Senate Majority Leader Chuck Schumer proudly boasted Thursday that President Joe Biden’s nomination of the first Black woman to the Supreme Court would be historic.
Schumer, however, apparently didn’t crack open his history books before taking the podium. Schumer falsely claimed that the Supreme Court was made up of all white men until 1981.
“Until 1981, this powerful body, the Supreme Court, was all White men. Imagine. America wasn’t all White men in 1981, or ever,” Schumer said. “Under President Biden and this Senate majority, we’re taking historic steps to make the courts look more like the country they serve by confirming highly qualified, diverse nominees.”
If Schumer would have cared to study his Black history, during Black History Month nonetheless, he would have known that Thurgood Marshall was confirmed as the first Black person to serve on the Supreme Court of the United States on Aug. 30, 1967.
Marshall was appointed by Lyndon B. Johnson, the 36th President of the United States. Marshall would serve as associate justice from 1967 until his retirement in 1991. He passed away in 1993 of heart failure at the age of 84.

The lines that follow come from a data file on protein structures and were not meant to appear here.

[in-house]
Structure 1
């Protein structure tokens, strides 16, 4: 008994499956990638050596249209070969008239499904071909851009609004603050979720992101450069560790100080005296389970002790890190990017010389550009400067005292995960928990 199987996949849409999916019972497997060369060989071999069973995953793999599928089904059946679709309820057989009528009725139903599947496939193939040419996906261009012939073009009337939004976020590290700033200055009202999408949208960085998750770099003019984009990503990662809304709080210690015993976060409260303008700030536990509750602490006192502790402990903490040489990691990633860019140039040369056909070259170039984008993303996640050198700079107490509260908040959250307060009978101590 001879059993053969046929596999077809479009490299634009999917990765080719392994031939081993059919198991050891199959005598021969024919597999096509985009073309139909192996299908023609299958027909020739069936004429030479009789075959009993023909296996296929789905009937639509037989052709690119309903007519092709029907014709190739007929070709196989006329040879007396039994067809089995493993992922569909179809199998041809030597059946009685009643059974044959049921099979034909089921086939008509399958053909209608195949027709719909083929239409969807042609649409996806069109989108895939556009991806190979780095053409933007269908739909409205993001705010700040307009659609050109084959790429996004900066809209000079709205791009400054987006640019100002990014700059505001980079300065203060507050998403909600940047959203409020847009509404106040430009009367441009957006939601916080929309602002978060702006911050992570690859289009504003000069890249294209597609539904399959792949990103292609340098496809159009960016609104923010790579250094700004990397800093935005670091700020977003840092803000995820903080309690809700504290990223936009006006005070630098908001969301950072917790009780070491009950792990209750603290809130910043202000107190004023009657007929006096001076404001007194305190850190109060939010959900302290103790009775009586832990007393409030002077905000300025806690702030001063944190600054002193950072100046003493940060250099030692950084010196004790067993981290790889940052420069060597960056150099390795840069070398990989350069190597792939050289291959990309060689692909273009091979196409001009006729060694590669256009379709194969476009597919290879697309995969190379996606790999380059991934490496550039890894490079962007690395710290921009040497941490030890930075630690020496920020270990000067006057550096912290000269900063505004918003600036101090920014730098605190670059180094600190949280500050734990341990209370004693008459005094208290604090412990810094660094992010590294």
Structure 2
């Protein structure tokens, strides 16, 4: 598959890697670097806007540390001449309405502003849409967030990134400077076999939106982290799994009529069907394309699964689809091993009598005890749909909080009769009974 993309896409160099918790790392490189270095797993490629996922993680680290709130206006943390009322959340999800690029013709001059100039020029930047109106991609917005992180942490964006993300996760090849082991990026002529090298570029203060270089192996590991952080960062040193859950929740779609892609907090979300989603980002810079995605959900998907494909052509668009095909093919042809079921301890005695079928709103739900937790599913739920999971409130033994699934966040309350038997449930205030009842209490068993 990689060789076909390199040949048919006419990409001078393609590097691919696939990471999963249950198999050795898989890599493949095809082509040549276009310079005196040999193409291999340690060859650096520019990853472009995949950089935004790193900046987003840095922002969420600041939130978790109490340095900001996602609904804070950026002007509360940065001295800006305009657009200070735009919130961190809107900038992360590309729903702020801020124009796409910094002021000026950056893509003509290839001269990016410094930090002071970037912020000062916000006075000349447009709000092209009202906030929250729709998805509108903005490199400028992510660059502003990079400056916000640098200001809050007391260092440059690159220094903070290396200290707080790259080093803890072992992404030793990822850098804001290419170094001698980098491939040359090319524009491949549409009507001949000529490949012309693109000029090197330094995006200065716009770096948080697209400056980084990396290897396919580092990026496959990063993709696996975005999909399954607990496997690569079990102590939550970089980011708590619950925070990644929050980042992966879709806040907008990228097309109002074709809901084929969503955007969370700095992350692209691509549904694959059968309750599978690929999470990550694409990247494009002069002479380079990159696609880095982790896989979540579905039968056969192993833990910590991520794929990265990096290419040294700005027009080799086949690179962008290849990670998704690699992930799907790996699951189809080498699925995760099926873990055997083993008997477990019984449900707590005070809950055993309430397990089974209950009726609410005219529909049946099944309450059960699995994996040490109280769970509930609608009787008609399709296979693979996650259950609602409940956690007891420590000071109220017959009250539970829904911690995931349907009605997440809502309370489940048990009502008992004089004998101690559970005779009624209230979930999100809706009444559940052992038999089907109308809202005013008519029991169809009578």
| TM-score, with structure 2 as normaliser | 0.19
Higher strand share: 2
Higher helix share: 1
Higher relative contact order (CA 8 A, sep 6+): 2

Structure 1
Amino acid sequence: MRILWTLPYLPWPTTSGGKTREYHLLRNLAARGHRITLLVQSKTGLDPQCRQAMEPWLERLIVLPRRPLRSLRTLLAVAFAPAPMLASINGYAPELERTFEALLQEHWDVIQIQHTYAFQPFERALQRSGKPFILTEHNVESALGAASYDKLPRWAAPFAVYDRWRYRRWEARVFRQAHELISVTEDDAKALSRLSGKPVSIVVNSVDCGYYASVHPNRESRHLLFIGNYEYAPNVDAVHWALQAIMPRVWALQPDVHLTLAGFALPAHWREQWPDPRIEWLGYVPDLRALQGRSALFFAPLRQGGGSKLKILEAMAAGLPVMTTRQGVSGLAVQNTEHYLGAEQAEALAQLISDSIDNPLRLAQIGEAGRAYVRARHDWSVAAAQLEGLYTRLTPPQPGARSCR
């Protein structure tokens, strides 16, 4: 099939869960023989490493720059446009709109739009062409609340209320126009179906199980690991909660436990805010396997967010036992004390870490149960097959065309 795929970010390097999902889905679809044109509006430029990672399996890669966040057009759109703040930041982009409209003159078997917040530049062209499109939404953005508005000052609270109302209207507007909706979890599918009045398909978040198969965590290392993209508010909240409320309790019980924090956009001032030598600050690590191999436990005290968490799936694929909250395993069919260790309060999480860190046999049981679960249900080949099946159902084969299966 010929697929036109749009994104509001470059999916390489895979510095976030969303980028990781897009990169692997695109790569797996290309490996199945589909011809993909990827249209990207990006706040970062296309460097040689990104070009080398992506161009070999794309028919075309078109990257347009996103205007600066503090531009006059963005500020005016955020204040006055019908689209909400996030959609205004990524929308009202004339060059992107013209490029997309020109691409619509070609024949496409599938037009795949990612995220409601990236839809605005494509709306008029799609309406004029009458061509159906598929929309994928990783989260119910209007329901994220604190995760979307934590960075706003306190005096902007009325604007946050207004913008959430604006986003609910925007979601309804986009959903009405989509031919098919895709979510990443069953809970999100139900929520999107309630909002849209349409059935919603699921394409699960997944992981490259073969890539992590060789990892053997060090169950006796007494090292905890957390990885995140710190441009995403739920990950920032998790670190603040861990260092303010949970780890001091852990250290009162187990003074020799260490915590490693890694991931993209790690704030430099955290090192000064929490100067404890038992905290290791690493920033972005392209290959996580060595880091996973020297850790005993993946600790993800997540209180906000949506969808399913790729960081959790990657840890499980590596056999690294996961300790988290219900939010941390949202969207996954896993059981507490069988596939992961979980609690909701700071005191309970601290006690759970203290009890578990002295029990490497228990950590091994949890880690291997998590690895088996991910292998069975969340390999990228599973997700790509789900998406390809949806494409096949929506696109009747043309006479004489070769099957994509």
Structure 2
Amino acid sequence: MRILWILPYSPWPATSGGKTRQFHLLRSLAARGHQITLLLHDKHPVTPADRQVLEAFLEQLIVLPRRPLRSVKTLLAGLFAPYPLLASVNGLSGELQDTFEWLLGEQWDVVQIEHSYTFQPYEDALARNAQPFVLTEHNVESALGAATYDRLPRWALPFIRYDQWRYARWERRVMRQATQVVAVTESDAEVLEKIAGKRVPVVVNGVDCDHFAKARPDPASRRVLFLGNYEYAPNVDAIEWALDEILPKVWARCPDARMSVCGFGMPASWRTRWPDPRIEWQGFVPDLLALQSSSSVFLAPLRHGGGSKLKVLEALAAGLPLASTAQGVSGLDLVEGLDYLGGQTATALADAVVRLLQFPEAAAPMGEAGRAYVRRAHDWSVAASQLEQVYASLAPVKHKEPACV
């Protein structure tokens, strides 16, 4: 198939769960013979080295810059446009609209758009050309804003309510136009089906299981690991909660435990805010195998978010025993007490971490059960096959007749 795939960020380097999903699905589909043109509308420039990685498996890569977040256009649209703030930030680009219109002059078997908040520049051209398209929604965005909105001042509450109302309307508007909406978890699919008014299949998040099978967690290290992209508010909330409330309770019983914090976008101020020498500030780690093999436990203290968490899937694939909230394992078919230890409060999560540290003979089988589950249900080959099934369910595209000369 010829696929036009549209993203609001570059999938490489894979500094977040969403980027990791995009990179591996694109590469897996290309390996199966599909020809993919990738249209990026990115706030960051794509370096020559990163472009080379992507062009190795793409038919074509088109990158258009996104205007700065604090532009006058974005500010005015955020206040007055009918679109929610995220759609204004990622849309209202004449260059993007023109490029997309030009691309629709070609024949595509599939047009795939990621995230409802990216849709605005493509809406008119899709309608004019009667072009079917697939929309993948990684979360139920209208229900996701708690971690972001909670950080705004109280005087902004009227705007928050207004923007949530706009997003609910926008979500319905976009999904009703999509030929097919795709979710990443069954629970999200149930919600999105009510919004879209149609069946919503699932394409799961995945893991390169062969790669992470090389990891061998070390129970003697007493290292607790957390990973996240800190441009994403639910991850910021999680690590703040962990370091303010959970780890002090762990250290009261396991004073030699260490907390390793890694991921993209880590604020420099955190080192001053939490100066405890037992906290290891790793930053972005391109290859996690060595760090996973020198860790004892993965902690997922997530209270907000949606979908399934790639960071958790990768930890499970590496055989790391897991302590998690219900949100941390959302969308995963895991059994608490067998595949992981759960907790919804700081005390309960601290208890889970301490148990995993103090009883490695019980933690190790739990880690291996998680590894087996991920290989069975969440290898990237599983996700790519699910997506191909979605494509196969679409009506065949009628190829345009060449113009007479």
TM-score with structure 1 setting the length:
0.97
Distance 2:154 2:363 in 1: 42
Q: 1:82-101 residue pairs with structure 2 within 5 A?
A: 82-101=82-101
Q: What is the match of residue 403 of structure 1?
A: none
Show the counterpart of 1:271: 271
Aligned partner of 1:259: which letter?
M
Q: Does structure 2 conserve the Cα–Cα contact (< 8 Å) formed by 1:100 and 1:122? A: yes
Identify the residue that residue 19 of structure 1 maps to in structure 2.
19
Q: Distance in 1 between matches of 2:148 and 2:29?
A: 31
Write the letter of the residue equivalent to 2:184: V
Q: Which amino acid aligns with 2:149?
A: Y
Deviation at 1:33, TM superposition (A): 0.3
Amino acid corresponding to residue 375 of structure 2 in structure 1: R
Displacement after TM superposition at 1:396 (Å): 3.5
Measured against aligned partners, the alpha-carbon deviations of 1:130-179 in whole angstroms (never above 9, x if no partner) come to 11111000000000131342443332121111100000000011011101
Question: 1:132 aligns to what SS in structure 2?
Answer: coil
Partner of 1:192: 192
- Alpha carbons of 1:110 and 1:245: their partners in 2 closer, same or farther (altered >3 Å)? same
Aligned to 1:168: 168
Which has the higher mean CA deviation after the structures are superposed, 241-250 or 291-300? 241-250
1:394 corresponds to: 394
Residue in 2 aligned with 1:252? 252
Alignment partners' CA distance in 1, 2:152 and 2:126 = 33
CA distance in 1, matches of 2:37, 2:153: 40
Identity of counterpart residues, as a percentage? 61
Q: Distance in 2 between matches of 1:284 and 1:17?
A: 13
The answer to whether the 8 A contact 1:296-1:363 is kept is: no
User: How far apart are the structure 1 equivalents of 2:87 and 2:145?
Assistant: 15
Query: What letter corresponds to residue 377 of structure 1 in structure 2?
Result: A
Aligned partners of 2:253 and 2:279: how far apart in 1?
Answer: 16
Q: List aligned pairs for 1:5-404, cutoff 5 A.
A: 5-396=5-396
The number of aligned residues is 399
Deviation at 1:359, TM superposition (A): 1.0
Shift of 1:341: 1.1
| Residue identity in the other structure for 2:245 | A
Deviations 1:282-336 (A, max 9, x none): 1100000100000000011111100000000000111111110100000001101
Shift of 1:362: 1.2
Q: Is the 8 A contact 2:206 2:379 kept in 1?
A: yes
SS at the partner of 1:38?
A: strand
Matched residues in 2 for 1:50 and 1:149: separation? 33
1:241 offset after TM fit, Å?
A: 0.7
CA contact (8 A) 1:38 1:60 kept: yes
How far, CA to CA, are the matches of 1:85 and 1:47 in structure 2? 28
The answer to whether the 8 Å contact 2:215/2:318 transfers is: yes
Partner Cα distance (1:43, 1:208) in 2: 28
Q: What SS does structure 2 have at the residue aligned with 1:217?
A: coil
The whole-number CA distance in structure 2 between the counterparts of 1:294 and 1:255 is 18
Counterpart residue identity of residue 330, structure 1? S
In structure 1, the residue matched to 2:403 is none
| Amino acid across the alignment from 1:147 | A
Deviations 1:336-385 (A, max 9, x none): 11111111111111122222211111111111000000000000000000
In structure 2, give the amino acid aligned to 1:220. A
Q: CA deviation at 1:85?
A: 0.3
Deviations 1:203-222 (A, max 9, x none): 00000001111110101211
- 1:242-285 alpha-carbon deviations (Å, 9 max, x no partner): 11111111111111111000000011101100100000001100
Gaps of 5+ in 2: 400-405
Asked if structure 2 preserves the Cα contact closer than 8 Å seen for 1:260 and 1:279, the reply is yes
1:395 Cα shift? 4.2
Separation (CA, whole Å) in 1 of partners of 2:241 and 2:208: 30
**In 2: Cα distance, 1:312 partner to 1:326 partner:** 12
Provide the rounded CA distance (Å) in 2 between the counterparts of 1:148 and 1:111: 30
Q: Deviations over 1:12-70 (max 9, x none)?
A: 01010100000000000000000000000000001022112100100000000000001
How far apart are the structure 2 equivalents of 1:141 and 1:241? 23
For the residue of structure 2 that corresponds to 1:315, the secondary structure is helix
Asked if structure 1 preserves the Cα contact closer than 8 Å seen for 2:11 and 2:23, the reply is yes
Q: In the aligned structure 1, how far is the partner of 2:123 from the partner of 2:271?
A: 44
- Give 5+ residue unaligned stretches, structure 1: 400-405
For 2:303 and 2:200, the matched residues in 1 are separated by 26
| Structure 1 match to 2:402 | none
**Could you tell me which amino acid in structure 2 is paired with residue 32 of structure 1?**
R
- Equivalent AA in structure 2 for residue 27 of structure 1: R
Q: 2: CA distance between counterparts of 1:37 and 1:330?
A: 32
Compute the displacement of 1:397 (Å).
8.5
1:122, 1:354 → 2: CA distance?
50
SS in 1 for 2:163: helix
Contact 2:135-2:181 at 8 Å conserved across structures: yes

As Schumer relayed, Biden said last Thursday that he would only nominate a Black women to fill the current vacancy in the Supreme Court after Stephen Breyer’s retirement.
“The person I will nominate will be someone with extraordinary qualifications, character, experience and integrity. And that person will be the first Black woman ever nominated to the United States Supreme Court,” Biden said. “It’s long overdue in my view. I made that commitment during the campaign for president, and I will keep that commitment.”
According to an ABC News/Ipsos poll, nearly 76% of Americans disagree with Biden’s decision to limit his Supreme Court Justice search to only a Black woman to fill the vacancy.
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